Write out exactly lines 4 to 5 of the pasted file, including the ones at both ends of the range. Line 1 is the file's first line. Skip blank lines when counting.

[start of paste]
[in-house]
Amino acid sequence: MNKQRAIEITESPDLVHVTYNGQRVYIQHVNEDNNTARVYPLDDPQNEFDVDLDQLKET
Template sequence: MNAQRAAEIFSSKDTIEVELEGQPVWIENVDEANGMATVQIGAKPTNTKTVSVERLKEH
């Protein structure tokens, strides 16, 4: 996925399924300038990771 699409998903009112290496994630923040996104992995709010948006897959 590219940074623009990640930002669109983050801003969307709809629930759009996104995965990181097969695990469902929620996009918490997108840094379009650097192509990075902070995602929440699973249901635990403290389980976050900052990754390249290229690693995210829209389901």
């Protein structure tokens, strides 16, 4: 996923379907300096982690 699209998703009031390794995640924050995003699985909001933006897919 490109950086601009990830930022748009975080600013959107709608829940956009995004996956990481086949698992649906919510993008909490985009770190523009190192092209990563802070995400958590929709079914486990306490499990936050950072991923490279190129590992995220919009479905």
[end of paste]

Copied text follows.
């Protein structure tokens, strides 16, 4: 996925399924300038990771 699409998903009112290496994630923040996104992995709010948006897959 590219940074623009990640930002669109983050801003969307709809629930759009996104995965990181097969695990469902929620996009918490997108840094379009650097192509990075902070995602929440699973249901635990403290389980976050900052990754390249290229690693995210829209389901």
């Protein structure tokens, strides 16, 4: 996923379907300096982690 699209998703009031390794995640924050995003699985909001933006897919 490109950086601009990830930022748009975080600013959107709608829940956009995004996956990481086949698992649906919510993008909490985009770190523009190192092209990563802070995400958590929709079914486990306490499990936050950072991923490279190129590992995220919009479905």